Monday, August 9, 2010

Pirated DVDs and Yoga

Pratik has a friend who has the most amazing home theater system I've ever seen. Projector, incredible surround sound systen, Blu-Ray player. And his projecting screen is massive. It seems like Pratik and his crew of friends go over there to watch movies a lot. It's kind of the Ted's Basement of this particular friend group. Anyways, the movies that I've watched there were 1) a legitimately purchased Blu-Ray DVD of Gladiator in English (which was awesome because Gladiator is one of my all-time favorite movies. The Indians didn't like it because the old-fashioned dialogue was tricky and it was quite long) 2) Angels and Demons in Hindi (I have no idea what on earth was going on) and 3) The A-Team in English.
Now The A-Team came out about two months ago. It should not be on DVD. I had been informed by Max that there is a ton of pirated movies over there for ridiculously cheap, but I didn't realize they could get them so quickly.

Today I went to a DVD street vendor with Akshay. They sell pirated DVDs in 5 or 6 packs there, all on one computer disc. I was even more surprised to discover that about 20 of the DVD packs included Salt. Which is three weeks old. How do they do this? And it's not as though these are like, cell phone videos sneakily taken from inside of a theater. It's the actual movie.
Pirating movies is something that I'm very, very morally opposed to but when in Rome...
So I purchased 11 total movies for 60 rupees, about $1.33. I bought them on the promise from the street vendor (who turned out to be just as shifty as he looked) that they would all be English rather than dubbed in Hindi. Or rather he told Akshay this in Gujarati, and since Akshay believed him, so did I. It was literally the exact opposite. The one that he said would be in Hindi is the only one in English and the others are in either Hindi or, inexplicably, French. That's what I get for compromising my morals.

My yoga class has started. I was under the impression that yoga consisted of strange positionings of your body and like, balance and flexibility stretches. I'm sure that there are multiple interpretations of yoga, but in my experience it's quite different. There are three main components of it.
1) The seven stages. I can't remember what all of these are but they are basically many different variations on breathing in and out. I won't bore you with extensive descriptions of each of them but suffice it to say that especially in the case of Kopal-Bati, the second stage, it's not quite as easy as it sounds.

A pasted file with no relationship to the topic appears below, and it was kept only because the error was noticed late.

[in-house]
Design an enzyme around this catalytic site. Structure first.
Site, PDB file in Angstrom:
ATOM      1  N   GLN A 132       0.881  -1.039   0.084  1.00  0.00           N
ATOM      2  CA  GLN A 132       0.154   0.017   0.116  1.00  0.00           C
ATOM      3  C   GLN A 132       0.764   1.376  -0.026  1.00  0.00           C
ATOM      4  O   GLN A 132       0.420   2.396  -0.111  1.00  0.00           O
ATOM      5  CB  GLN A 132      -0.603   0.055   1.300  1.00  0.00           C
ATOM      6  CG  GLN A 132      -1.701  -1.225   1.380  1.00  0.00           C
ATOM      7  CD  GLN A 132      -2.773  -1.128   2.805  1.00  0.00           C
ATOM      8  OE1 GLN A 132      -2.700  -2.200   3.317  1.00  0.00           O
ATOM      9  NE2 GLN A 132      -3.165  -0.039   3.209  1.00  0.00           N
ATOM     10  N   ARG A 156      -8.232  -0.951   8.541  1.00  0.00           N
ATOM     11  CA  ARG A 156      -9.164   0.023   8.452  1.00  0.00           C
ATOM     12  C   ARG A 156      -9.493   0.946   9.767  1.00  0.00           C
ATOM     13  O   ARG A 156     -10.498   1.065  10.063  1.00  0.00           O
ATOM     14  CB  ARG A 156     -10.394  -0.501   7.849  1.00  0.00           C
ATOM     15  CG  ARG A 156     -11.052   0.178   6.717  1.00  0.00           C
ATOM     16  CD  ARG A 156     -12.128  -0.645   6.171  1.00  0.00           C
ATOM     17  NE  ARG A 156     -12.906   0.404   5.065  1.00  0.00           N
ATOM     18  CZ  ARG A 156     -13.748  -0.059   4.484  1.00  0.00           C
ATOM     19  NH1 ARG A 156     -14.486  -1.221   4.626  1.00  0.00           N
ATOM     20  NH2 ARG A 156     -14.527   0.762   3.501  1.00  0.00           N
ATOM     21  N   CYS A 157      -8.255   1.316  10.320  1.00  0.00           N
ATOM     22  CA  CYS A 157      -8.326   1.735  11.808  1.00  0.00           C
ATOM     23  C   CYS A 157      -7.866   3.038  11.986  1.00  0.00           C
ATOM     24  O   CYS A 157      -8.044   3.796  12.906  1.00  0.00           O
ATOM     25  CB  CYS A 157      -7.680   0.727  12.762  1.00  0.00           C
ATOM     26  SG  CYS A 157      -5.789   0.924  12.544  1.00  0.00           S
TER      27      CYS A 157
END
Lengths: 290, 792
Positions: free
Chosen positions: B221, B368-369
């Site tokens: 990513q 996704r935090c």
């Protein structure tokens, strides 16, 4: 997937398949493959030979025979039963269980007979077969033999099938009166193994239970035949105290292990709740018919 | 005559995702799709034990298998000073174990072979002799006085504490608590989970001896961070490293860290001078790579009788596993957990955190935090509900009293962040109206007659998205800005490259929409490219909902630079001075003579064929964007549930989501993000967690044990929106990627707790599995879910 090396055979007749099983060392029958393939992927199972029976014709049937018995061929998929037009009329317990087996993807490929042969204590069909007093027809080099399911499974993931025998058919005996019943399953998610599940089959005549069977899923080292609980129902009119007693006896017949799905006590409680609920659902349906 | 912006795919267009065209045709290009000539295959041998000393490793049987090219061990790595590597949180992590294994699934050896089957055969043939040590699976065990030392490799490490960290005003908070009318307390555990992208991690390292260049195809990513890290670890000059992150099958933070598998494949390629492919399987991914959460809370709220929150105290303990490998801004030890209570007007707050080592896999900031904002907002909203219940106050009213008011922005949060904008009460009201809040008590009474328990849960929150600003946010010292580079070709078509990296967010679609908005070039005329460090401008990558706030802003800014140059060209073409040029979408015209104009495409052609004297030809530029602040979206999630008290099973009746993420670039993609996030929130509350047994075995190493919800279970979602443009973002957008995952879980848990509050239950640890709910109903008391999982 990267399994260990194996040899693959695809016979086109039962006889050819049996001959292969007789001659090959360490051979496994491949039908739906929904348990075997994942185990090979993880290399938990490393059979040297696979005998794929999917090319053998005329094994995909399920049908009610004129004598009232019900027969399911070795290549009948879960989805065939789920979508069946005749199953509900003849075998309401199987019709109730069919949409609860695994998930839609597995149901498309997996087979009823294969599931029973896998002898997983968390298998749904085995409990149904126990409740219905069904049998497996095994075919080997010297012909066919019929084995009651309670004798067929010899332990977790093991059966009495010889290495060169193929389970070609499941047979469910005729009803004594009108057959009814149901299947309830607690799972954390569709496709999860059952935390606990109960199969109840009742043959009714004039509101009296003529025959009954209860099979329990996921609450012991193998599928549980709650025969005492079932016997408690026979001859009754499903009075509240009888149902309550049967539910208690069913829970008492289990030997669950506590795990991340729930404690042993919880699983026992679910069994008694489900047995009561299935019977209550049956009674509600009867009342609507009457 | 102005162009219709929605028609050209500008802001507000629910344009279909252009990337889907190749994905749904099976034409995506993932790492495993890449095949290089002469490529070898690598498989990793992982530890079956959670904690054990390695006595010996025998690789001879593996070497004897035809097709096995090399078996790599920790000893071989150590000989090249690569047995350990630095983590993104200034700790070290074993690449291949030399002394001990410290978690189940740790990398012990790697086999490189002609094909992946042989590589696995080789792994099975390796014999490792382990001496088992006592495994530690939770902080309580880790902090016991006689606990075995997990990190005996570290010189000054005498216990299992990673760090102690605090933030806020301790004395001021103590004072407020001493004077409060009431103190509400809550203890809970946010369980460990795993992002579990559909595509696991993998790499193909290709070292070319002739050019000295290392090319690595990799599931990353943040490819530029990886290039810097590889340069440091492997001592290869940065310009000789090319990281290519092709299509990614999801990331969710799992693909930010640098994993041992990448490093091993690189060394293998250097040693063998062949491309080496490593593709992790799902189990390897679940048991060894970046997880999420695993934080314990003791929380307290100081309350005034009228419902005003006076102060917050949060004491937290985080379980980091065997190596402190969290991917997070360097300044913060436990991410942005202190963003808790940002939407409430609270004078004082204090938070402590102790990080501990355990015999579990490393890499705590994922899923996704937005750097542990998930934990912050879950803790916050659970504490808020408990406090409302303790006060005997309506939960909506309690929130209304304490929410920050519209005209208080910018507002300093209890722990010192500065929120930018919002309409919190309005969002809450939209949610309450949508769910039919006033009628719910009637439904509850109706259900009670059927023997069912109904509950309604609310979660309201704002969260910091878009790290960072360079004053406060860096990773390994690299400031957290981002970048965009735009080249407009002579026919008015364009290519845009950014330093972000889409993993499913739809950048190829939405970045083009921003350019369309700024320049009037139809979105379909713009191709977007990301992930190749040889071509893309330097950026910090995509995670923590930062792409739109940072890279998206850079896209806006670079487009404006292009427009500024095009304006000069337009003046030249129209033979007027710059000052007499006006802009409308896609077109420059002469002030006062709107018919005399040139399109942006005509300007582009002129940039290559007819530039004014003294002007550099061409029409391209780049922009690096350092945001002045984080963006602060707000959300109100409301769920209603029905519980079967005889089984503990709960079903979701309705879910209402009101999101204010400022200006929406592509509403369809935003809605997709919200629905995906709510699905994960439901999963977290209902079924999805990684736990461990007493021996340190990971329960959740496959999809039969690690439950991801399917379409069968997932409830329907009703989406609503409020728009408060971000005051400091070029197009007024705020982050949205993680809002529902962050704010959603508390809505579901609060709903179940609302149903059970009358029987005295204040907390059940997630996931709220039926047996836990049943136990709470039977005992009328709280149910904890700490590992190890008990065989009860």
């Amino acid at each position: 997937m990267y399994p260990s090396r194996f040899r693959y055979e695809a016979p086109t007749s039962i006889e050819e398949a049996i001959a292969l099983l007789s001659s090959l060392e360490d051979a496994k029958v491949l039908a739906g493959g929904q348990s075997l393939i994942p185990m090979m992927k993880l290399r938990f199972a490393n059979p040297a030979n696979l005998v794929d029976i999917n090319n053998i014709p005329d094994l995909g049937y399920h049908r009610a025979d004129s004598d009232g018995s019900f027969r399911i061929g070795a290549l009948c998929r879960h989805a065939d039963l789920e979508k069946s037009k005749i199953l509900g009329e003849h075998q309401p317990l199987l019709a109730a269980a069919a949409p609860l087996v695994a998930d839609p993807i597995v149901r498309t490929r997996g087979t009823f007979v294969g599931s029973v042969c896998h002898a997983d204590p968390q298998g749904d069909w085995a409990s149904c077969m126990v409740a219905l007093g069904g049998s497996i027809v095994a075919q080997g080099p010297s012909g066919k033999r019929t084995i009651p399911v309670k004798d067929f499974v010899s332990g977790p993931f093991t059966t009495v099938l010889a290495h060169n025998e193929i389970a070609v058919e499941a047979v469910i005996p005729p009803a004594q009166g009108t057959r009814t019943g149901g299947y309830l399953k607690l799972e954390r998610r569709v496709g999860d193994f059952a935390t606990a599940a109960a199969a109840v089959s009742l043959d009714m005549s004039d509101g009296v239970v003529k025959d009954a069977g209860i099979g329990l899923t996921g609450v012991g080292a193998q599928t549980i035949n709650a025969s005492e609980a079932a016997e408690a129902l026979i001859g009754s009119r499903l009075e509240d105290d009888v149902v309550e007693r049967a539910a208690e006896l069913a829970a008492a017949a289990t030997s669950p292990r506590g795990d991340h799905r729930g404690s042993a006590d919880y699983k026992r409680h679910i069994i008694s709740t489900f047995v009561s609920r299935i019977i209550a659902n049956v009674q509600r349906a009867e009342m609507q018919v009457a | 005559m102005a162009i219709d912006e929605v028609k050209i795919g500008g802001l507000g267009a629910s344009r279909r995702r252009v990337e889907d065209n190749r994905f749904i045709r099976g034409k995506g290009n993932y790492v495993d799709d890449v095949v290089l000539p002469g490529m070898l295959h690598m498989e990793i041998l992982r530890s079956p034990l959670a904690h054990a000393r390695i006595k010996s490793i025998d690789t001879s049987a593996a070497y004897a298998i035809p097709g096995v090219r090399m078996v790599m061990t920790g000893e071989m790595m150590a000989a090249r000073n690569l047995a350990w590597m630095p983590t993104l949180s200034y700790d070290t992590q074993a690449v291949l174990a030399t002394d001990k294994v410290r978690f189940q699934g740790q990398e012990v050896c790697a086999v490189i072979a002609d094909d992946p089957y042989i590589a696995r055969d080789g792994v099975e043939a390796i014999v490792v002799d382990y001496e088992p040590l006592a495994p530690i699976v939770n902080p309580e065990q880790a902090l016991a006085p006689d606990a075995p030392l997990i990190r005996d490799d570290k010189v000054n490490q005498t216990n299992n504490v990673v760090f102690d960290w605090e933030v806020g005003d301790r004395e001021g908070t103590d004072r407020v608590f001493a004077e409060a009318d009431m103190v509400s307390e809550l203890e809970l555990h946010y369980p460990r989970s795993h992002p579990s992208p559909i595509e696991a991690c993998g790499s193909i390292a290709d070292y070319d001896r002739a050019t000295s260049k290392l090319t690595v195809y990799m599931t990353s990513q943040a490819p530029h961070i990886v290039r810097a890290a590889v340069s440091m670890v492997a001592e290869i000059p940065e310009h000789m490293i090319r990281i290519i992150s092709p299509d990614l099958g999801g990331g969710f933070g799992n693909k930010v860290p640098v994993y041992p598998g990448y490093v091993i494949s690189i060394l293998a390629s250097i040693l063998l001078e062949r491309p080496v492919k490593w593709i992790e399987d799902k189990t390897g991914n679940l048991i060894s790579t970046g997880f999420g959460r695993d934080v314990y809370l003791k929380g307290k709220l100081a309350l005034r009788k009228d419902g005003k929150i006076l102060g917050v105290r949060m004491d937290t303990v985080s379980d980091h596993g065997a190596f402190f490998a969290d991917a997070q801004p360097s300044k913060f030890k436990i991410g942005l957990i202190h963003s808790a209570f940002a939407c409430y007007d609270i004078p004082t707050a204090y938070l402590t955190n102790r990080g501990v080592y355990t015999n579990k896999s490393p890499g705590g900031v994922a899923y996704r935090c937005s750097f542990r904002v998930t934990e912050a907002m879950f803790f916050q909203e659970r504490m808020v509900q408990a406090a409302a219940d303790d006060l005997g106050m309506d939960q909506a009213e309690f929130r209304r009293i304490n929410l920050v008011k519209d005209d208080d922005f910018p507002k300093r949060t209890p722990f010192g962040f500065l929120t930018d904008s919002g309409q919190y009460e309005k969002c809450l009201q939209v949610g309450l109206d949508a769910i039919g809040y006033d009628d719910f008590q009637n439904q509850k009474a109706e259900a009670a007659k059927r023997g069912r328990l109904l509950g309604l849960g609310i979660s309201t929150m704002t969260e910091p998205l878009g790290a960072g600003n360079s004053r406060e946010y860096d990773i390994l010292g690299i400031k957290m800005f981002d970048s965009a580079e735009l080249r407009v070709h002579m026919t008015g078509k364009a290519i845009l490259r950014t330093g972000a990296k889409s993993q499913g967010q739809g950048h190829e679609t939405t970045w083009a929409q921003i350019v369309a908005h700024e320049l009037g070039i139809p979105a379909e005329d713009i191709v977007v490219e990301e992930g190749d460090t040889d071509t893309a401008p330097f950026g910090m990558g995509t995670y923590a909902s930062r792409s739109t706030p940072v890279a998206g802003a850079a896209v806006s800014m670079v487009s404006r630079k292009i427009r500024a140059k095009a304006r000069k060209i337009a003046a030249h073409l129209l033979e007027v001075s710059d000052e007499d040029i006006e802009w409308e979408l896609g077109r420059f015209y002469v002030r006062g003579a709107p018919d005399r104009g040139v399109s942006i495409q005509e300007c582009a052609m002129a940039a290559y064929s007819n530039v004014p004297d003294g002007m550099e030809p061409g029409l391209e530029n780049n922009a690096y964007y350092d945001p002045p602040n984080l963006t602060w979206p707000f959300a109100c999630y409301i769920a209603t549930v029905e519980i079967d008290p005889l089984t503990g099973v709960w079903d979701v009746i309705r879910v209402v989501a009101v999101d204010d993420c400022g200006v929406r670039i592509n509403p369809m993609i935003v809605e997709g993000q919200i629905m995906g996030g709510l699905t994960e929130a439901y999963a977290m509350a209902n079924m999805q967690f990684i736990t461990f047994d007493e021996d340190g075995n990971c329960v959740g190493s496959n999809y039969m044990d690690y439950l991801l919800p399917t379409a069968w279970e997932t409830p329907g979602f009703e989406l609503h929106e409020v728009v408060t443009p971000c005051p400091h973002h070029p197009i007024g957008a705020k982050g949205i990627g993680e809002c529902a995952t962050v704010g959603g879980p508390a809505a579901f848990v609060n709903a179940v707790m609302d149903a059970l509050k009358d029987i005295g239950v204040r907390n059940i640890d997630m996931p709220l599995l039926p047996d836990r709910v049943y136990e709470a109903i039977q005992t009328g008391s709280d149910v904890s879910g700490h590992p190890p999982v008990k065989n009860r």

2) Body stretches and exercises. These aren't what I thought they would be. I thought it would be putting my body into some obscene position and holding it for as long as you can. That's really not true. It's mostly just aerobic stuff - leg swings, these weird kind of situps, and other pieces that bear unusual similarities to the core that we do in Nordic. And actually some of them are fairly difficult. Sometimes I hear Kust shouting in my head for me to "suck up the pain! Be a man!".
3) The religious aspect. Yoga is not just good physically, it's also a tenet of the Hindu religion. A lot of Hindus do it every day. We always open with chanting the Gayatri Mantra. It's a bunch of words in Hindu. I've almost got it. I haven't the slightest idea what it means, but I have confidence that it's important. They also say the word "om" a lot. It means peace, I think. They have a lot of different variations on the ways that they say it - eyes closed, eyes open, say it fast twenty times, say it for as long as you can while covering up your ears. Also in the middle of the sessions we always have an eyes-closed two minute meditation session. I am told to focus my mind and think about my own god. I always spend the two minutes thinking about what I think about Catholicism in my head and before I reach any conclusion they are up.
I will admit, it seem to be good for all parts of the body. And I can do lots of it on my own. In fact I am recommended by my family to do 10 or 15 minutes of yoga 2 hours after every meal.
It's become one of my favorite hours of the day because I like exercise, because it's good to be doing something outside of school or reading on their porch, and because it's at least one hour out of the day where my mind feels at peace. I will admit that's something I could use at the moment.


  1. Ted, reading your blog is quickly becoming a highlight of my day.
    "Pirating movies is something that I'm very, very morally opposed to but when in Rome..." Hahahahahahaha, I love you man.

  2. Ted, I am so proud of you! Yoga is absolutely a highlight for me and you just wrote so eloquently about it.